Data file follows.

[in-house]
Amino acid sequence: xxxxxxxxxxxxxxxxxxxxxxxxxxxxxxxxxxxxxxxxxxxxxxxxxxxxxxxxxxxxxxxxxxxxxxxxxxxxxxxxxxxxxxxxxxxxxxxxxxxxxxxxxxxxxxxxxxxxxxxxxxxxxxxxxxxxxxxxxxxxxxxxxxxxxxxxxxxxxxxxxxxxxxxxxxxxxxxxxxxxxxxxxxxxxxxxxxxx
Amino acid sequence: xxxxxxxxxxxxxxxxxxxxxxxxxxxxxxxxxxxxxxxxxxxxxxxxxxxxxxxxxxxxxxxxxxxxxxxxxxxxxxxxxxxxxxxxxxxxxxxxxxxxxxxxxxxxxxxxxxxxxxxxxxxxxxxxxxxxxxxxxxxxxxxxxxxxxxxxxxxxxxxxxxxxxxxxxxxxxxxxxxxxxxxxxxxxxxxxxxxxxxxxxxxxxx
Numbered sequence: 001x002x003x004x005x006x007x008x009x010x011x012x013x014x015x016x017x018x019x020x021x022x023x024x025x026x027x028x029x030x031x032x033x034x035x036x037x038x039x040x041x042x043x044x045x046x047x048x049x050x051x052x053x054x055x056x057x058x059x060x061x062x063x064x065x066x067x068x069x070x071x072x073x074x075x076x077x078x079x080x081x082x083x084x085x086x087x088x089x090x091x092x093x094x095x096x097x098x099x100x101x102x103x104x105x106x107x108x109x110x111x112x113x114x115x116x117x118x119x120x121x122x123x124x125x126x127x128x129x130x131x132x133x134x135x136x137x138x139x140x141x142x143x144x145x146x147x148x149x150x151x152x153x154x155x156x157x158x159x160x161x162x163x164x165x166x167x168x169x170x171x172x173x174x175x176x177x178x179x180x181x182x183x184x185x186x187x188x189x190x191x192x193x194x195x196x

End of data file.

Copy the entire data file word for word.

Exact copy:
[in-house]
Amino acid sequence: xxxxxxxxxxxxxxxxxxxxxxxxxxxxxxxxxxxxxxxxxxxxxxxxxxxxxxxxxxxxxxxxxxxxxxxxxxxxxxxxxxxxxxxxxxxxxxxxxxxxxxxxxxxxxxxxxxxxxxxxxxxxxxxxxxxxxxxxxxxxxxxxxxxxxxxxxxxxxxxxxxxxxxxxxxxxxxxxxxxxxxxxxxxxxxxxxxxx
Amino acid sequence: xxxxxxxxxxxxxxxxxxxxxxxxxxxxxxxxxxxxxxxxxxxxxxxxxxxxxxxxxxxxxxxxxxxxxxxxxxxxxxxxxxxxxxxxxxxxxxxxxxxxxxxxxxxxxxxxxxxxxxxxxxxxxxxxxxxxxxxxxxxxxxxxxxxxxxxxxxxxxxxxxxxxxxxxxxxxxxxxxxxxxxxxxxxxxxxxxxxxxxxxxxxxxx
Numbered sequence: 001x002x003x004x005x006x007x008x009x010x011x012x013x014x015x016x017x018x019x020x021x022x023x024x025x026x027x028x029x030x031x032x033x034x035x036x037x038x039x040x041x042x043x044x045x046x047x048x049x050x051x052x053x054x055x056x057x058x059x060x061x062x063x064x065x066x067x068x069x070x071x072x073x074x075x076x077x078x079x080x081x082x083x084x085x086x087x088x089x090x091x092x093x094x095x096x097x098x099x100x101x102x103x104x105x106x107x108x109x110x111x112x113x114x115x116x117x118x119x120x121x122x123x124x125x126x127x128x129x130x131x132x133x134x135x136x137x138x139x140x141x142x143x144x145x146x147x148x149x150x151x152x153x154x155x156x157x158x159x160x161x162x163x164x165x166x167x168x169x170x171x172x173x174x175x176x177x178x179x180x181x182x183x184x185x186x187x188x189x190x191x192x193x194x195x196x